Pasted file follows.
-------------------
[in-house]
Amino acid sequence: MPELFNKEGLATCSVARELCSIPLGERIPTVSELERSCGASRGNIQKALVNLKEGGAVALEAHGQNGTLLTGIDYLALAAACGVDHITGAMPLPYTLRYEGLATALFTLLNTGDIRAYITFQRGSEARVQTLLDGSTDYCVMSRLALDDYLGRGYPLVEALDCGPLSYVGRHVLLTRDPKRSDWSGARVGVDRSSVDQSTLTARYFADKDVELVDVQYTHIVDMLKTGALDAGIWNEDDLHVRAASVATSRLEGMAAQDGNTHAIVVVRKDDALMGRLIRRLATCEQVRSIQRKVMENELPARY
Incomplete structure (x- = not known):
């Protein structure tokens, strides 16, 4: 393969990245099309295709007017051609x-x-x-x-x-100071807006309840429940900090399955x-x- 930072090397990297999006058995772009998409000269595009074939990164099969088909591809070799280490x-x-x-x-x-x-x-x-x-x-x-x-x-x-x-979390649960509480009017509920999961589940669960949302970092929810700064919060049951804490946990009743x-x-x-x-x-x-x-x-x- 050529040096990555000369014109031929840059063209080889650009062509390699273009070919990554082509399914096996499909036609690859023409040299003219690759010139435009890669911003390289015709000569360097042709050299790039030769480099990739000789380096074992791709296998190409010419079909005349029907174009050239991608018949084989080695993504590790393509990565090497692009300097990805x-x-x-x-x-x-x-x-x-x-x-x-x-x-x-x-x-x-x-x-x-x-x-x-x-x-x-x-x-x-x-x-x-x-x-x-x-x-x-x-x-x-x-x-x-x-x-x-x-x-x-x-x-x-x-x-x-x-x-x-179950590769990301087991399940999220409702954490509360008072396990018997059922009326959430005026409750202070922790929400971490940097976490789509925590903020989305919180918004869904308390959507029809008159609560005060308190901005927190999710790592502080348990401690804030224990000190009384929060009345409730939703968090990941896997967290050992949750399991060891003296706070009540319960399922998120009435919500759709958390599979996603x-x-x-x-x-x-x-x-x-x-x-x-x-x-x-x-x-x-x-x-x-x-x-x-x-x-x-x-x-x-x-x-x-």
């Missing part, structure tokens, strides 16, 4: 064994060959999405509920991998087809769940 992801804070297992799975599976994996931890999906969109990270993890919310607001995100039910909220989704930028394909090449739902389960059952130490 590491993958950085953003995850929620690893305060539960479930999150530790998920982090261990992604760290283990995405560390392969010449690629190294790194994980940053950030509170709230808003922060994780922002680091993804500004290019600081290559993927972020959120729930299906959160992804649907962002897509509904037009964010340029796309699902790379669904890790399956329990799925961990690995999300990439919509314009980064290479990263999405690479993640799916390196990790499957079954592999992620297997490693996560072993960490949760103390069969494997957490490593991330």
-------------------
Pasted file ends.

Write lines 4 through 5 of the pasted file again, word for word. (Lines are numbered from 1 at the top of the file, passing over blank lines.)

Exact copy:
């Protein structure tokens, strides 16, 4: 393969990245099309295709007017051609x-x-x-x-x-100071807006309840429940900090399955x-x- 930072090397990297999006058995772009998409000269595009074939990164099969088909591809070799280490x-x-x-x-x-x-x-x-x-x-x-x-x-x-x-979390649960509480009017509920999961589940669960949302970092929810700064919060049951804490946990009743x-x-x-x-x-x-x-x-x- 050529040096990555000369014109031929840059063209080889650009062509390699273009070919990554082509399914096996499909036609690859023409040299003219690759010139435009890669911003390289015709000569360097042709050299790039030769480099990739000789380096074992791709296998190409010419079909005349029907174009050239991608018949084989080695993504590790393509990565090497692009300097990805x-x-x-x-x-x-x-x-x-x-x-x-x-x-x-x-x-x-x-x-x-x-x-x-x-x-x-x-x-x-x-x-x-x-x-x-x-x-x-x-x-x-x-x-x-x-x-x-x-x-x-x-x-x-x-x-x-x-x-x-179950590769990301087991399940999220409702954490509360008072396990018997059922009326959430005026409750202070922790929400971490940097976490789509925590903020989305919180918004869904308390959507029809008159609560005060308190901005927190999710790592502080348990401690804030224990000190009384929060009345409730939703968090990941896997967290050992949750399991060891003296706070009540319960399922998120009435919500759709958390599979996603x-x-x-x-x-x-x-x-x-x-x-x-x-x-x-x-x-x-x-x-x-x-x-x-x-x-x-x-x-x-x-x-x-």
């Missing part, structure tokens, strides 16, 4: 064994060959999405509920991998087809769940 992801804070297992799975599976994996931890999906969109990270993890919310607001995100039910909220989704930028394909090449739902389960059952130490 590491993958950085953003995850929620690893305060539960479930999150530790998920982090261990992604760290283990995405560390392969010449690629190294790194994980940053950030509170709230808003922060994780922002680091993804500004290019600081290559993927972020959120729930299906959160992804649907962002897509509904037009964010340029796309699902790379669904890790399956329990799925961990690995999300990439919509314009980064290479990263999405690479993640799916390196990790499957079954592999992620297997490693996560072993960490949760103390069969494997957490490593991330």